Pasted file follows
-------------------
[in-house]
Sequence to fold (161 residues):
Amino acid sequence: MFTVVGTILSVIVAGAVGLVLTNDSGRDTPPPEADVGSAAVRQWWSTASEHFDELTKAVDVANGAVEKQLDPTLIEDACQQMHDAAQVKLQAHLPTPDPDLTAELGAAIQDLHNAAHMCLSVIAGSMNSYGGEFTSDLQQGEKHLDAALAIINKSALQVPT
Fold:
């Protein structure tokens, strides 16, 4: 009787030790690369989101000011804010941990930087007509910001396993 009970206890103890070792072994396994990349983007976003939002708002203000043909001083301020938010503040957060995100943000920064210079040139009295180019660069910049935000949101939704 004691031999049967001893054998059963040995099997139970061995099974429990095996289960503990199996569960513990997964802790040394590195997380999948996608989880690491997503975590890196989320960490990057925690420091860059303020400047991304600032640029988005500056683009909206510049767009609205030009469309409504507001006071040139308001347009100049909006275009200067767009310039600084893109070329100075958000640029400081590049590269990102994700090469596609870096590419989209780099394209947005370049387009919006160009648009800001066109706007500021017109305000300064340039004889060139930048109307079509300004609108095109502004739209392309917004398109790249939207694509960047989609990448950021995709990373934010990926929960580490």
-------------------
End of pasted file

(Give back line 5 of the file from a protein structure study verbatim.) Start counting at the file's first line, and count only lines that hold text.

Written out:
């Protein structure tokens, strides 16, 4: 009787030790690369989101000011804010941990930087007509910001396993 009970206890103890070792072994396994990349983007976003939002708002203000043909001083301020938010503040957060995100943000920064210079040139009295180019660069910049935000949101939704 004691031999049967001893054998059963040995099997139970061995099974429990095996289960503990199996569960513990997964802790040394590195997380999948996608989880690491997503975590890196989320960490990057925690420091860059303020400047991304600032640029988005500056683009909206510049767009609205030009469309409504507001006071040139308001347009100049909006275009200067767009310039600084893109070329100075958000640029400081590049590269990102994700090469596609870096590419989209780099394209947005370049387009919006160009648009800001066109706007500021017109305000300064340039004889060139930048109307079509300004609108095109502004739209392309917004398109790249939207694509960047989609990448950021995709990373934010990926929960580490």